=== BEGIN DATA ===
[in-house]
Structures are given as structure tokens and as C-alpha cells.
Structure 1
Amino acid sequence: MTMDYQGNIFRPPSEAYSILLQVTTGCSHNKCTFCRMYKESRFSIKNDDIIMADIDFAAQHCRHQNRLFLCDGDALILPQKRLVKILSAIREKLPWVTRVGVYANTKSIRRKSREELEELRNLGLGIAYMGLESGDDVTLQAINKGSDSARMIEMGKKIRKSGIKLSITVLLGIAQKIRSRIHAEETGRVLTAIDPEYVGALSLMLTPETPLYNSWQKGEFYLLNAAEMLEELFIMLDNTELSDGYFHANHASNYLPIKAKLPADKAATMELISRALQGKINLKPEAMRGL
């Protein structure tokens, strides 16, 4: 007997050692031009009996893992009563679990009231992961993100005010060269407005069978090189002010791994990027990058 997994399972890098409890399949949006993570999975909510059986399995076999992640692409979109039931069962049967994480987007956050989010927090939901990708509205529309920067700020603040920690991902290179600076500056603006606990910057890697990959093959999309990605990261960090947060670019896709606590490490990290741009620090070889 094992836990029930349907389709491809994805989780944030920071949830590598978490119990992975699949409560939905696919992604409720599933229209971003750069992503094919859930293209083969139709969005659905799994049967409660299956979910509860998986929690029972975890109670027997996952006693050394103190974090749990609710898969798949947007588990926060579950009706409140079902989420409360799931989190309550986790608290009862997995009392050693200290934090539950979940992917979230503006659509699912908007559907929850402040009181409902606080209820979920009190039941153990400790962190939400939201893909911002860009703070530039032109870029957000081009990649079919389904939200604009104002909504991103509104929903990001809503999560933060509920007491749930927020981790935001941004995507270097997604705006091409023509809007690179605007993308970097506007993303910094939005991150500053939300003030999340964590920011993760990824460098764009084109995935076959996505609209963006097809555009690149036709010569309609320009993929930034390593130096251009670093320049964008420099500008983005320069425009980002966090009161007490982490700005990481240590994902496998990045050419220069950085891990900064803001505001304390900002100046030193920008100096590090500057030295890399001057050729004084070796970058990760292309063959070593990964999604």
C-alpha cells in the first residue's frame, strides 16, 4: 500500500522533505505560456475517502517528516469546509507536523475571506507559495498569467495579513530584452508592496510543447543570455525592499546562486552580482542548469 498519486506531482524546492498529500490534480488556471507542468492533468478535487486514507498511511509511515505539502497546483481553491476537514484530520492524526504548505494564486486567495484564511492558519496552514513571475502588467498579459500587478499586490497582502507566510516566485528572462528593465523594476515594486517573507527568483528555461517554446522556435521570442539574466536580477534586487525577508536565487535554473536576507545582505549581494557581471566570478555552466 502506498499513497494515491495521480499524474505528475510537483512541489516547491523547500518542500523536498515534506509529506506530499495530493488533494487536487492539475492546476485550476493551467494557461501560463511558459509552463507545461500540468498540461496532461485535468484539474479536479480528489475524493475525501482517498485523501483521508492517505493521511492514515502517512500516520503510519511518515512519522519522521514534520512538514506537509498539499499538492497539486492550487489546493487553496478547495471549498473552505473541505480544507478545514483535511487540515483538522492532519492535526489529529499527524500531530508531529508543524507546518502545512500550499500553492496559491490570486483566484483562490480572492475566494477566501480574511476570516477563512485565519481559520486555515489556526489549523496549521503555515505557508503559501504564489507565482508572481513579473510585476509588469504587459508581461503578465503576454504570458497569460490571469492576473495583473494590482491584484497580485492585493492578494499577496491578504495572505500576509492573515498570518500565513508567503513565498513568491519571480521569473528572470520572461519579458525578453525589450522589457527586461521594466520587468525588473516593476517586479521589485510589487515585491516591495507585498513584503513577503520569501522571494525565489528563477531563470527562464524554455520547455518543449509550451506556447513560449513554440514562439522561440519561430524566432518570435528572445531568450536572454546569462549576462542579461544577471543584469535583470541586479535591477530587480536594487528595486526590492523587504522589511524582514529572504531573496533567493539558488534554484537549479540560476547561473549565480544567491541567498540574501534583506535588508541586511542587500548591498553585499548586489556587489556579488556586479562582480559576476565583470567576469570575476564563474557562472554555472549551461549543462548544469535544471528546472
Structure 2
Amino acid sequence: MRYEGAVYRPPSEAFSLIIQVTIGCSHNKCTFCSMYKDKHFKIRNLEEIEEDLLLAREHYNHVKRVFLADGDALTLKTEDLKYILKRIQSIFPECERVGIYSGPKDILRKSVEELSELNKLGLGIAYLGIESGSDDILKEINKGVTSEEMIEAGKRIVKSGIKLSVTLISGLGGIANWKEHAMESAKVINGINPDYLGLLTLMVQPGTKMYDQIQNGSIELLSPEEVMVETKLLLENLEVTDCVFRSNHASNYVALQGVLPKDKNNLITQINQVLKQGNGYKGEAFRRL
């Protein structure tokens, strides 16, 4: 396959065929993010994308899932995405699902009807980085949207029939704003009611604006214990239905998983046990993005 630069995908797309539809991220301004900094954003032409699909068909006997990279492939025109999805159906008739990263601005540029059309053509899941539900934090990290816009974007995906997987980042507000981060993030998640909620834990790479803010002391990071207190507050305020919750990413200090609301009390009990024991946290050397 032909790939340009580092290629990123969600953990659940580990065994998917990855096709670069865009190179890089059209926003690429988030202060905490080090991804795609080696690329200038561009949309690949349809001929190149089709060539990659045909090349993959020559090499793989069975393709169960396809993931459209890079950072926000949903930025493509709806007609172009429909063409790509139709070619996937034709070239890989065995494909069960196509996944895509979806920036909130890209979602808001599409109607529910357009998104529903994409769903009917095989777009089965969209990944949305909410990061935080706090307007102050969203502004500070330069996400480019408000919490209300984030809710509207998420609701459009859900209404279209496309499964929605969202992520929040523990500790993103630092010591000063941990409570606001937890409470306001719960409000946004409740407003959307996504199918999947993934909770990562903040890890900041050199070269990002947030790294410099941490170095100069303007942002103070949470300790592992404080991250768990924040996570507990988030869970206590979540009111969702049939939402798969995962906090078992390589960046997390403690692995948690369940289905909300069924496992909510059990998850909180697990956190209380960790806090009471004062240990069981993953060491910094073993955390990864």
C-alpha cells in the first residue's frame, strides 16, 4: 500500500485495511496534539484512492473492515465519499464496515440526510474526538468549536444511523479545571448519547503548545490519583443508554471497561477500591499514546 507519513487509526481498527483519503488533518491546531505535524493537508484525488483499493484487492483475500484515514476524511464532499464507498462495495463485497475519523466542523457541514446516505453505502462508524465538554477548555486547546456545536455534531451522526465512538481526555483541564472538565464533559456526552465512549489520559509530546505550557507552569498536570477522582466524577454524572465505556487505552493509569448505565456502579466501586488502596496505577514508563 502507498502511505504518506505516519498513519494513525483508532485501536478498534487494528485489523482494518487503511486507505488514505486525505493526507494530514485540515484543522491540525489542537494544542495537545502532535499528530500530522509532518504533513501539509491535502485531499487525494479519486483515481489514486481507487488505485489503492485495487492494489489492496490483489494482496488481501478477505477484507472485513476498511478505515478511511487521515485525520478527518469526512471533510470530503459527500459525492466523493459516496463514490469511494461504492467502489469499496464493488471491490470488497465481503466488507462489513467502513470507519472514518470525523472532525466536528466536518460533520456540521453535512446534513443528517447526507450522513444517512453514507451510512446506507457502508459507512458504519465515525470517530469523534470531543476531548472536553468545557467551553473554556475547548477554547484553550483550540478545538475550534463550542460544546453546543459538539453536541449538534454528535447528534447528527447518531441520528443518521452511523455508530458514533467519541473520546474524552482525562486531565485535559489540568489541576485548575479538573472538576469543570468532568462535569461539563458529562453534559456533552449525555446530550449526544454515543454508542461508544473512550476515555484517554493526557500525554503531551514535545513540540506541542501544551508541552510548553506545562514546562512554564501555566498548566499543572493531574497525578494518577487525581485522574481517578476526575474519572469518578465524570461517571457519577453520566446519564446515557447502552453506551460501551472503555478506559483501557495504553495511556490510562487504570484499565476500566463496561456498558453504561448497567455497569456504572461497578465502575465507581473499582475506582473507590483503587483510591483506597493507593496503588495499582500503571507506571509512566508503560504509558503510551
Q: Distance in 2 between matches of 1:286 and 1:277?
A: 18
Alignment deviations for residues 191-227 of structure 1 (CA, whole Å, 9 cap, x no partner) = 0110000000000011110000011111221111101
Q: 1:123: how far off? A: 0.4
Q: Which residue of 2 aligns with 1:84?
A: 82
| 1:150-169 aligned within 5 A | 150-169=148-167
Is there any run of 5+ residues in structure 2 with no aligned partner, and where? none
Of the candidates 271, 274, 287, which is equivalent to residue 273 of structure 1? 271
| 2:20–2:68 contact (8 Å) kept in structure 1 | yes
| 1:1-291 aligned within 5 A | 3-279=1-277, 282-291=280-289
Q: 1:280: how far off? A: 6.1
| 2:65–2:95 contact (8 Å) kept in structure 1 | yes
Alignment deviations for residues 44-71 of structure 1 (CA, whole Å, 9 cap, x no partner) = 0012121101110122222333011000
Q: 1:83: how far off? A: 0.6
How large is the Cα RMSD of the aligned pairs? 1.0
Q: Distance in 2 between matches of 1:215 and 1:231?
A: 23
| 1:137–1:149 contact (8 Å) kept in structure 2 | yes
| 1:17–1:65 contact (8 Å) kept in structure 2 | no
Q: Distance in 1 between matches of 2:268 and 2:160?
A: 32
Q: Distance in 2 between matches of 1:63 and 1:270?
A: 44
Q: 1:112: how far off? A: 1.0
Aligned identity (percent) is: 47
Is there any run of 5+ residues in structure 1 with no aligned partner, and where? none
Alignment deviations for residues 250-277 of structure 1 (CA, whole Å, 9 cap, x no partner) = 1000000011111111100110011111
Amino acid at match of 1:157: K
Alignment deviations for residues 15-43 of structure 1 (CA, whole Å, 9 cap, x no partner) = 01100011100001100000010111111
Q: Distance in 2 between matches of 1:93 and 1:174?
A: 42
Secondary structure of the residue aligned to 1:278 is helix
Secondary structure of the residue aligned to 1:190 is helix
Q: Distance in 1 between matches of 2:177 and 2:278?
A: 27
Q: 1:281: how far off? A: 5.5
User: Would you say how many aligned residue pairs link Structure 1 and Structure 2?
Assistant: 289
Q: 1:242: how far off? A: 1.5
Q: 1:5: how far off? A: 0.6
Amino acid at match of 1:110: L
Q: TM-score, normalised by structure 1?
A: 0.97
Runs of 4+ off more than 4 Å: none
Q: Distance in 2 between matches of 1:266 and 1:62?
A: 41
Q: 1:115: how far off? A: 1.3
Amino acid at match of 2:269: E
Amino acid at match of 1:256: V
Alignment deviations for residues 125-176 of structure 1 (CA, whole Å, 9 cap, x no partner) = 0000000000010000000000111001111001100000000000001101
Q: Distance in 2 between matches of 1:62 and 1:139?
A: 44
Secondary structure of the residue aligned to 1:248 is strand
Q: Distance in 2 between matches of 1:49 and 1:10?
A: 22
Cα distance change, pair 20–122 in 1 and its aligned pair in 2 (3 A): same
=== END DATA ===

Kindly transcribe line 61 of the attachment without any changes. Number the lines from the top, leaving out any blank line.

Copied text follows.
Alignment deviations for residues 125-176 of structure 1 (CA, whole Å, 9 cap, x no partner) = 0000000000010000000000111001111001100000000000001101